A RISE in bird strikes is posing an increasing risk to passengers flying in and out of Perth Airport.
An eagle collided with a Qantas flight from Perth to Melbourne last Friday, forcing the pilot to make an emergency landing just minutes after take-off.
An Australian Transport Safety Bureau report in March found bird strikes across the nation have increased significantly, with 551 bird strikes recorded in Perth between 2008 and 2017.
It has led one ornithologist to call for more research on avian populations around the airport.
The majority of collisions occur within 5km of the airport. The birds can cause severe damage when they get sucked into an engine or hit a plane.
Eagle expert Simon Cherriman said research was key to better understanding the nature of bird strikes and mitigating their risk.
“We know there are wedge-tailed eagles nesting in the area, including two in Forrestfield that come and forage for food at the Perth Airport,” he said.
“In the past I have attended meetings with the Perth Airport and Bird Life Australia and proposed satellite tracking the eagles to gather information on their movements around aircraft.”
A Perth Airport spokeswoman said in the past year, approximately 40 wildlife strikes were recorded.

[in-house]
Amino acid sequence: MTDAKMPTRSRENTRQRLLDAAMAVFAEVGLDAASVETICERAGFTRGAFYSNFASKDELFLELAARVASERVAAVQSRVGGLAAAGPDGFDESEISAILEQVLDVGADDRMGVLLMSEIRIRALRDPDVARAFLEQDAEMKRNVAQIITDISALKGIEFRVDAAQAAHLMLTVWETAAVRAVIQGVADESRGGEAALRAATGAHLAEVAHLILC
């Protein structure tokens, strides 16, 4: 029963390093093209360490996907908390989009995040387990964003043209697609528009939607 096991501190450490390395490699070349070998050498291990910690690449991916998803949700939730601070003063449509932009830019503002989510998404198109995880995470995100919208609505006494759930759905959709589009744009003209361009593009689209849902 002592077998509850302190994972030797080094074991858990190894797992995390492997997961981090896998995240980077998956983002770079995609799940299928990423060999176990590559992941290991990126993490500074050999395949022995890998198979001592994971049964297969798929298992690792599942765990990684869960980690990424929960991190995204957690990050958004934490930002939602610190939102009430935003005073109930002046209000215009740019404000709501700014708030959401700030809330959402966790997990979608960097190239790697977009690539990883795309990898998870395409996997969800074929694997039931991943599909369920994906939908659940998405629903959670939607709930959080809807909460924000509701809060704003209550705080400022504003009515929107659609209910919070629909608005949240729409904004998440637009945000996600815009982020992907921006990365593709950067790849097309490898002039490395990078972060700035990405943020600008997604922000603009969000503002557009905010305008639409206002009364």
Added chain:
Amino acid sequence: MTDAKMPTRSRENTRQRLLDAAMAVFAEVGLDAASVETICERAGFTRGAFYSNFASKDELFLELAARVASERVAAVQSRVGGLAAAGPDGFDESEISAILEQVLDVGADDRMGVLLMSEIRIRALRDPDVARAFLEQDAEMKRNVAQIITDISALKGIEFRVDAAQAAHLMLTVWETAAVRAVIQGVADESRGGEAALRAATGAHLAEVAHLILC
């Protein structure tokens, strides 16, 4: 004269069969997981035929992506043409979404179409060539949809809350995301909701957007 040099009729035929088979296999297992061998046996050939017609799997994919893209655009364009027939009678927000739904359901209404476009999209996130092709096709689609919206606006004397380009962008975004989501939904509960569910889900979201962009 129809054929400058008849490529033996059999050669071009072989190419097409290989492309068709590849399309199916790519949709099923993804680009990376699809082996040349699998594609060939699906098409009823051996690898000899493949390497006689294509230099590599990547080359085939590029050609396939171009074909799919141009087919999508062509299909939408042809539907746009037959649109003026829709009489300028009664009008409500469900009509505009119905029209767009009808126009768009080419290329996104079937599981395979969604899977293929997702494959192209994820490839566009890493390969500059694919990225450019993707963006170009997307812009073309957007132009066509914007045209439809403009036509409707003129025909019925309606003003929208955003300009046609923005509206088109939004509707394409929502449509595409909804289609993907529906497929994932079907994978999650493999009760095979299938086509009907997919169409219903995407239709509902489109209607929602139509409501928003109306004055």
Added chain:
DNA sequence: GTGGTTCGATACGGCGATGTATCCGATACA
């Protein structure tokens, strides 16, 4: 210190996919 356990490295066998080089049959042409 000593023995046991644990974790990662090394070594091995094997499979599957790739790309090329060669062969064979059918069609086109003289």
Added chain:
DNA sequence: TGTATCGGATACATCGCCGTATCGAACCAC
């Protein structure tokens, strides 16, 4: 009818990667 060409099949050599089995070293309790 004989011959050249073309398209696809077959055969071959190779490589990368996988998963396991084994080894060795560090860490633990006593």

“Perth Airport has a comprehensive Wildlife Hazard Management Plan that incorporates monitoring, assessment, reporting, and control methods for animal hazards, including netting of waterways and the relocation of some species such as the nankeen kestrel,” she said.
“The activities are having a positive impact, with Perth Airport experiencing a downturn of wildlife strikes over the past year.”
Mr Cherriman said airports needed to be made less hospitable to birds.
“We know kestrels hover motionlessly on the wind and look down above the runway so it’s hardly surprising they are more frequently struck,” he said.
“The birds are attracted to food sources so moving them on or shooting them is not a solution if you have a habitat that is attracting them in the first place.
A spokesman for the Australian Aviation Wildlife Hazard Group said bird strikes happened daily and caused $1.2b in aircraft damage annually.